Ganna Makeeva, a veteran of runway shows for Dolce & Gabana and Giorgio Armani who has been featured on the covers of international magazines such as Vogue and Marie Claire, said her career was likely ended by injuries she suffered after falling through a floor on the set of Burnett's "Chrome Couture" shoot for Cadillac's Escalade.
Painful reminder for Burnett
For Burnett, the lawsuit may be insult to injury, as the commercial was also later cited as one reason Cadillac shifted its ad account -- handled by Burnett and its predecessor agencies since the 1930s -- to Boston-based Modernista only a few months later.
Calls to Burnett were not immediately returned.
New York-based Demand Productions was also named in the suit, which was filed in California State Superior Court.
Ms. Makeeva's version of the events says the commercial, which contained a blinding array of lights, mirrored surfaces and celebrity cameos, made her disoriented and unable to spot a defect in the runway she was asked to traverse without a rehearsal.
According to the lawsuit: "As Ms. Makeeva walked down the runway, light bulbs continuously flashed in front of, and on the sides of, the stage, blinding her as she walked. Mirrors and other reflective objects surrounding the stage enhanced the blinding effect, thereby making it even more difficult for the models, including Ms. Makeeva, to see."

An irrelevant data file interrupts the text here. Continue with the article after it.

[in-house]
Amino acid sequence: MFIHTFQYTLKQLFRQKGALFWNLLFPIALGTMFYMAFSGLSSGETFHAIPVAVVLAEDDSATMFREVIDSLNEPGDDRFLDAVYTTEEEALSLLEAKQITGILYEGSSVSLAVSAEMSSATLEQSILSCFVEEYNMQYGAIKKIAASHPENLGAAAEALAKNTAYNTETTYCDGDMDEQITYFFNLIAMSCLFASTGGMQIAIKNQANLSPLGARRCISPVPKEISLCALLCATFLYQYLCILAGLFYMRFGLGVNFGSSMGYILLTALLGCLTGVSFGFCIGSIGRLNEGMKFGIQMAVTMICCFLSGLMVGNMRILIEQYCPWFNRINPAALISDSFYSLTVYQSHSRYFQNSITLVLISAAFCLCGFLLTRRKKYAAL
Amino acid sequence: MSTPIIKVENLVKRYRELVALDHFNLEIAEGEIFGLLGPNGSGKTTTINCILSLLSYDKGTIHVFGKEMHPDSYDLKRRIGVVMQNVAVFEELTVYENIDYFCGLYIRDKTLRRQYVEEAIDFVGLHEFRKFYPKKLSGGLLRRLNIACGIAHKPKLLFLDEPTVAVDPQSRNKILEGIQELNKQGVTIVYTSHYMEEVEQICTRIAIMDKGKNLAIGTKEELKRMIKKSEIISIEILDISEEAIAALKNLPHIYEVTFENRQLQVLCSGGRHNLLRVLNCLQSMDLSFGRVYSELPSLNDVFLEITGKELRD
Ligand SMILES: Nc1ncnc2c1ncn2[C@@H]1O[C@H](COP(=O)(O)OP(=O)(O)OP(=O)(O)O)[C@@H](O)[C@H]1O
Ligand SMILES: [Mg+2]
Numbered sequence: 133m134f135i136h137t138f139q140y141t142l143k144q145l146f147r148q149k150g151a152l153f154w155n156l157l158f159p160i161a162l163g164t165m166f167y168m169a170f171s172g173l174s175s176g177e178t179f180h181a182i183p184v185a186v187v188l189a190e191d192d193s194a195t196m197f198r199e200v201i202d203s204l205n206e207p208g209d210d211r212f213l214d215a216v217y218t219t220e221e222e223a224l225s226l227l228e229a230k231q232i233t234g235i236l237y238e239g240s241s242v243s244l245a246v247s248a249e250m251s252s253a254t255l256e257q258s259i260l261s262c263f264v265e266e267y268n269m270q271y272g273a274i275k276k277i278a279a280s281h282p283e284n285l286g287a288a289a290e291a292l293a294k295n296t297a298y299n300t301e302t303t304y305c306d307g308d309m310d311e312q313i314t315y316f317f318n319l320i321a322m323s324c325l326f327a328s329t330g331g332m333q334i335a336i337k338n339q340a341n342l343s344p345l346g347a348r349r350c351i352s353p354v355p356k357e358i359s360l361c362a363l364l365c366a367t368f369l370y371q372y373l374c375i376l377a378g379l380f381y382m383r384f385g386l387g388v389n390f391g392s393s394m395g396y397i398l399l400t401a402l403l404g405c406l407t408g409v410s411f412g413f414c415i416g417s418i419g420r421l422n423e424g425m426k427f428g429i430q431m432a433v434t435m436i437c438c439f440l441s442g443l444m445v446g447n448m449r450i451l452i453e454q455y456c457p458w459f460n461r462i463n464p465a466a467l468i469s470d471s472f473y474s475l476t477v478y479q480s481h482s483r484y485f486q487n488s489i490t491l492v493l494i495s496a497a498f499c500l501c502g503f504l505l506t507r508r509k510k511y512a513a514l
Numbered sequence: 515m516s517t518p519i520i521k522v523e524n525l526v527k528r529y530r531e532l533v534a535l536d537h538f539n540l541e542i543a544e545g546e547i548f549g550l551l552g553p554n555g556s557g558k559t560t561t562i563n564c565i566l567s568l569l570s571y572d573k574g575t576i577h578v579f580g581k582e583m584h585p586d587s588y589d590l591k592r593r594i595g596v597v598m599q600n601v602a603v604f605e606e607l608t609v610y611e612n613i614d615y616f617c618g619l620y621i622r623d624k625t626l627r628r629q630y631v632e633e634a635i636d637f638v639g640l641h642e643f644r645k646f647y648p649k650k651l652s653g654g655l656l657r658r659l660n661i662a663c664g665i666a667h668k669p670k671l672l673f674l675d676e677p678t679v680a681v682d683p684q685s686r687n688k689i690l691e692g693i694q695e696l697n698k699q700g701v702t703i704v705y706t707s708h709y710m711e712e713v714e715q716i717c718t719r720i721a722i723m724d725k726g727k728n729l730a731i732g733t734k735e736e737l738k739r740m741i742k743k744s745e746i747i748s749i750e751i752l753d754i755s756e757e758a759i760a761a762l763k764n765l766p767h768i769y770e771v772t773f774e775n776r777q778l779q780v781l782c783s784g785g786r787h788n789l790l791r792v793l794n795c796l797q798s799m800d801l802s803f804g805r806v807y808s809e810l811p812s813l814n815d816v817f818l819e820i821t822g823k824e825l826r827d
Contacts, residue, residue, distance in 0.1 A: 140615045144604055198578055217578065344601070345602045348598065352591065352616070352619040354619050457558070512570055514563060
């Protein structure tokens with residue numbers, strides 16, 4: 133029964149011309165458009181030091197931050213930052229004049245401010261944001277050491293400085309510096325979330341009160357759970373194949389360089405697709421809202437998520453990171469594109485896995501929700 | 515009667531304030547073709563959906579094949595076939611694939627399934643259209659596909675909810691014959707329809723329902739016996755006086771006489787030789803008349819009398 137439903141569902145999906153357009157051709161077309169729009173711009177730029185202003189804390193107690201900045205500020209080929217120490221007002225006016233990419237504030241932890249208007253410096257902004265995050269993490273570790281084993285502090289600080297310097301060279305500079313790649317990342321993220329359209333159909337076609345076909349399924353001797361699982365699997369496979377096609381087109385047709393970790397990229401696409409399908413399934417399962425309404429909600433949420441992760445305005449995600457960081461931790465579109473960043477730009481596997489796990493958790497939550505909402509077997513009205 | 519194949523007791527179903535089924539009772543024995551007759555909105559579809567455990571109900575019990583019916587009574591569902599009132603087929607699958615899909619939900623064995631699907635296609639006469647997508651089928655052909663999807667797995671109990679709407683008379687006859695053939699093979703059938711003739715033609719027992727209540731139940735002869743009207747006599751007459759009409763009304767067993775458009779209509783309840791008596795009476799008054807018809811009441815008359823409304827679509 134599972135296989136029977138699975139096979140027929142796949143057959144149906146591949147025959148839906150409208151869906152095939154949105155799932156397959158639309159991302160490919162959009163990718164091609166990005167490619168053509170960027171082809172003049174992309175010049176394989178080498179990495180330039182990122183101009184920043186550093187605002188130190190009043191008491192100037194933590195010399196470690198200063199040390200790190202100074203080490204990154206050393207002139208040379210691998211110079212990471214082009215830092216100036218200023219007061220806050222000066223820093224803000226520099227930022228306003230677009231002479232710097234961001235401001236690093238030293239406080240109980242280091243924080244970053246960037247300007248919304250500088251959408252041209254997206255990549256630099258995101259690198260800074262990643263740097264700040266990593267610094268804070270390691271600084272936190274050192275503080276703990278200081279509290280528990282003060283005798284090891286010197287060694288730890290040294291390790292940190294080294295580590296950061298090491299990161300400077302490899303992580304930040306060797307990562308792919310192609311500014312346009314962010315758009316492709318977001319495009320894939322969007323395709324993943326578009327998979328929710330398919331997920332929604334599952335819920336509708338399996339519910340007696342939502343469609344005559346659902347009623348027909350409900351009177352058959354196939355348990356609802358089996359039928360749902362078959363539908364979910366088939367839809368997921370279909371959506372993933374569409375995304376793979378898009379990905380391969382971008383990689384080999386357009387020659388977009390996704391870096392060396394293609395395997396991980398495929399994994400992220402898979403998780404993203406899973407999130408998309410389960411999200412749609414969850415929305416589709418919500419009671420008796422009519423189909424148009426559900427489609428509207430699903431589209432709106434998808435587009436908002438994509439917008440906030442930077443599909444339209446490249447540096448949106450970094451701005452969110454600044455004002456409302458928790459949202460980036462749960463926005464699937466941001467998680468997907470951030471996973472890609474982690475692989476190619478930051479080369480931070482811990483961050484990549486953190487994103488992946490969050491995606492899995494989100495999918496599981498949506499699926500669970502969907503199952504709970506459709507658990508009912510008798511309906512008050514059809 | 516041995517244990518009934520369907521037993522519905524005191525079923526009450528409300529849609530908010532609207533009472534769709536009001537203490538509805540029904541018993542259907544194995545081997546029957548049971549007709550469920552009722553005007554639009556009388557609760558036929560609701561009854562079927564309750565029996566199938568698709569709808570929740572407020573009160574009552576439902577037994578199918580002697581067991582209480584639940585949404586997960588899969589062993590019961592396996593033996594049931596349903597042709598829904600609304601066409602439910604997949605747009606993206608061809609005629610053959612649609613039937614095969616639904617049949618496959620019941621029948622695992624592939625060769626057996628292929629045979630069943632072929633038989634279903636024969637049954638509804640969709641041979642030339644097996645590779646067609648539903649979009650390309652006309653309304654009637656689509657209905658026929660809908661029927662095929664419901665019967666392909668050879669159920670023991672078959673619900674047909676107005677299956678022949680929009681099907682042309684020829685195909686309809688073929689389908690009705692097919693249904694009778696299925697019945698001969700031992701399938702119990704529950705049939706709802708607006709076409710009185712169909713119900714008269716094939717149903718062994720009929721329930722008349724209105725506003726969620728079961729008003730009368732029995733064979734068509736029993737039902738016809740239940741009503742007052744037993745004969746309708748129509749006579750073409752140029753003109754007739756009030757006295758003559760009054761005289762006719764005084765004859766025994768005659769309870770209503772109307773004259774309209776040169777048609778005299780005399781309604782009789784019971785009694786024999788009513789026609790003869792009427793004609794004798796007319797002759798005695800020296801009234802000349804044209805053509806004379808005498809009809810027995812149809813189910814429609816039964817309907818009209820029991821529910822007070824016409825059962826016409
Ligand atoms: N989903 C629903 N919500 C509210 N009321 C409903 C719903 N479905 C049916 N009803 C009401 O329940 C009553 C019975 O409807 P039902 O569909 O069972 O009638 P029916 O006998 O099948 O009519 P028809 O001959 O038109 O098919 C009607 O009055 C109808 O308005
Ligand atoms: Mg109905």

Suit: couldn't see catwalk
Ms. Makeeva in the suit says there were no rehearsals for her walk down the runway and because she could not see the floor, had to "navigate the catwalk based entirely upon her perception of the location of the flashing lights around her." Her first trip down the catwalk during filming went without incident, but when "she turned to make her way back down the runway ... she abruptly and violently fell through a hole in the stage floor. As she fell, her left knee slammed against the sides of the gap in the stage and sharp, jagged edges of the hole slashed parts of her body, bloodying her hands and legs."
The suit says she underwent injuries to her "legs, knee, hands, wrists, stomach, head, neck and rib cage" and that she "has already undergone one knee surgery and must undergo yet another one to try to repair the painful and debilitating injury caused by the fall. She presently attends multiple therapy sessions each week in an effort to heal and recover from injuries she sustained."
The ad -- finished with other models -- ultimately earned 2.5 out of four stars from Ad Age critic Bob Garfield, who wrote at the time: "This is beauty photography, ostensibly eye-catching and sexy, in which slinky, exotic runway models strut their couture fashions while dripping with liquid chrome. Then, up from the vat, rises the 2006 Escalade, also slick with chrome. The visual is designed to stop you in your tracks. It won't."
A spokeswoman for Ms. Makeeva's attorneys said the model hasn't worked full time since the December 2005 incident during the commercial's filming, nor can she work full time again as a model. She is seeking unspecified punitive or compensatory damages for her pain, suffering and emotional distress, as well as for her alleged lost means of income.